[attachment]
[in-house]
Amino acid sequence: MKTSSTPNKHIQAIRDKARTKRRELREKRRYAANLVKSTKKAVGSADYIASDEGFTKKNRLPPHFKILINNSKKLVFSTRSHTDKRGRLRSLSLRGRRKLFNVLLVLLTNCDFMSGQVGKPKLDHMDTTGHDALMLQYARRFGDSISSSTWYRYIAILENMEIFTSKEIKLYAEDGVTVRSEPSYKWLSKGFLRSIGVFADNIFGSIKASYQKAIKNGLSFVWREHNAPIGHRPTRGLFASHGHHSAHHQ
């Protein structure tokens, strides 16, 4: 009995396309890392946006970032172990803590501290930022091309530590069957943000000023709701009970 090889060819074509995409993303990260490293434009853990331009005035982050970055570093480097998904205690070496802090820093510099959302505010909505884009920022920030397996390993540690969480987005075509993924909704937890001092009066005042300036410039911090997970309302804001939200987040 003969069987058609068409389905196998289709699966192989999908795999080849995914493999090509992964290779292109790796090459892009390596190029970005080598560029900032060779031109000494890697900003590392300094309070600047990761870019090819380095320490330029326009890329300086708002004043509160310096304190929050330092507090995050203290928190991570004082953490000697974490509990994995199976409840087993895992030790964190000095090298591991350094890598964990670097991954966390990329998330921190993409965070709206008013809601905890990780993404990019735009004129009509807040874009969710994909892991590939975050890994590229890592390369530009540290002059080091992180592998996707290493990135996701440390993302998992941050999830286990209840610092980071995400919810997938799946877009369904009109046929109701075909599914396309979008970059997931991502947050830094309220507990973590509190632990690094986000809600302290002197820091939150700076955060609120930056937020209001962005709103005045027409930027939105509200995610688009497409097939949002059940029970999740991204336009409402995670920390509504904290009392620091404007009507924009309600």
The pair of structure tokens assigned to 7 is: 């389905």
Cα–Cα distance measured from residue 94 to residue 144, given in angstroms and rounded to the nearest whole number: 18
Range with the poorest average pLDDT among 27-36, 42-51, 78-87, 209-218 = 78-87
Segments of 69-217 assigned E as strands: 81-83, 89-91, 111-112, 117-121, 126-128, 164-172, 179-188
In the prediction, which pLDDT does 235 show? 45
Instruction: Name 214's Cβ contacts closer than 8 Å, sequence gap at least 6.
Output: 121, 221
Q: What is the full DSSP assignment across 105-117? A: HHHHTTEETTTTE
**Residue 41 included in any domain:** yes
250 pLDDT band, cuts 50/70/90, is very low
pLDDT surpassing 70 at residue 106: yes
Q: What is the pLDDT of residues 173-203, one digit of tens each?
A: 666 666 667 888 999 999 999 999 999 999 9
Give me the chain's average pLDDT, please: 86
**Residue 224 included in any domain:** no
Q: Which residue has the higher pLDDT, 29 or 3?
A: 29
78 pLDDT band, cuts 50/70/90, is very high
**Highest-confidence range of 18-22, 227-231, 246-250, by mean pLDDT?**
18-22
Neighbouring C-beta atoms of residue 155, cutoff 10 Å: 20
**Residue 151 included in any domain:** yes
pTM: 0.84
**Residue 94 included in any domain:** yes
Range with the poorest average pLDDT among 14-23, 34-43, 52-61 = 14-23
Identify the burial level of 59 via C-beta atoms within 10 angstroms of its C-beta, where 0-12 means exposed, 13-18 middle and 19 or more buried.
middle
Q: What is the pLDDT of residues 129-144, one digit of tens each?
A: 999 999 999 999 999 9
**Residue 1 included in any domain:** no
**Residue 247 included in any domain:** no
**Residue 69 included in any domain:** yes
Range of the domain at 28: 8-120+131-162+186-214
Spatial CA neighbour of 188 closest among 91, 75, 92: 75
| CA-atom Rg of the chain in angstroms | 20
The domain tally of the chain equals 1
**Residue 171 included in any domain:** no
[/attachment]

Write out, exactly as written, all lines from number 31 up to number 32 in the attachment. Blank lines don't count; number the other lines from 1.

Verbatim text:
Q: What is the pLDDT of residues 129-144, one digit of tens each?
A: 999 999 999 999 999 9